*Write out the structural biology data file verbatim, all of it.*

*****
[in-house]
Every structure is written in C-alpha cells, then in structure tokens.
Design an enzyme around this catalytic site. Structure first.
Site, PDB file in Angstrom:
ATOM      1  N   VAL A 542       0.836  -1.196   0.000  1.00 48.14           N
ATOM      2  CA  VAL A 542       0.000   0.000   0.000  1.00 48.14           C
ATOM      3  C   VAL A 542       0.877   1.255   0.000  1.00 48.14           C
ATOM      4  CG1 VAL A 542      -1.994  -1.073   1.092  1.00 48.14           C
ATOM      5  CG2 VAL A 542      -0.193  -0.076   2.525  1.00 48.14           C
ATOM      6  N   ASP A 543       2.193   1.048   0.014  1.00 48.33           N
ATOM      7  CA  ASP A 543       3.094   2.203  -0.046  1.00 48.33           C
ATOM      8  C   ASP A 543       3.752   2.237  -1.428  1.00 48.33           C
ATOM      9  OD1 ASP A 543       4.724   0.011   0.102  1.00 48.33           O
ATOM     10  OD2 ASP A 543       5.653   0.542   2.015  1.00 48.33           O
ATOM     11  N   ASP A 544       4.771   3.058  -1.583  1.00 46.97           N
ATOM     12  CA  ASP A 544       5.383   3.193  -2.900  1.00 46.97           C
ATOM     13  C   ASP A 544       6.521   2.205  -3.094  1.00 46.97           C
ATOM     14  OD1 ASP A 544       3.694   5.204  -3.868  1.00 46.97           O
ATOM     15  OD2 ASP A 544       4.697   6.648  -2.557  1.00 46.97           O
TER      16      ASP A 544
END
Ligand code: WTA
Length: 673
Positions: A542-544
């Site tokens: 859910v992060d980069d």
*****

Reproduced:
[in-house]
Every structure is written in C-alpha cells, then in structure tokens.
Design an enzyme around this catalytic site. Structure first.
Site, PDB file in Angstrom:
ATOM      1  N   VAL A 542       0.836  -1.196   0.000  1.00 48.14           N
ATOM      2  CA  VAL A 542       0.000   0.000   0.000  1.00 48.14           C
ATOM      3  C   VAL A 542       0.877   1.255   0.000  1.00 48.14           C
ATOM      4  CG1 VAL A 542      -1.994  -1.073   1.092  1.00 48.14           C
ATOM      5  CG2 VAL A 542      -0.193  -0.076   2.525  1.00 48.14           C
ATOM      6  N   ASP A 543       2.193   1.048   0.014  1.00 48.33           N
ATOM      7  CA  ASP A 543       3.094   2.203  -0.046  1.00 48.33           C
ATOM      8  C   ASP A 543       3.752   2.237  -1.428  1.00 48.33           C
ATOM      9  OD1 ASP A 543       4.724   0.011   0.102  1.00 48.33           O
ATOM     10  OD2 ASP A 543       5.653   0.542   2.015  1.00 48.33           O
ATOM     11  N   ASP A 544       4.771   3.058  -1.583  1.00 46.97           N
ATOM     12  CA  ASP A 544       5.383   3.193  -2.900  1.00 46.97           C
ATOM     13  C   ASP A 544       6.521   2.205  -3.094  1.00 46.97           C
ATOM     14  OD1 ASP A 544       3.694   5.204  -3.868  1.00 46.97           O
ATOM     15  OD2 ASP A 544       4.697   6.648  -2.557  1.00 46.97           O
TER      16      ASP A 544
END
Ligand code: WTA
Length: 673
Positions: A542-544
């Site tokens: 859910v992060d980069d």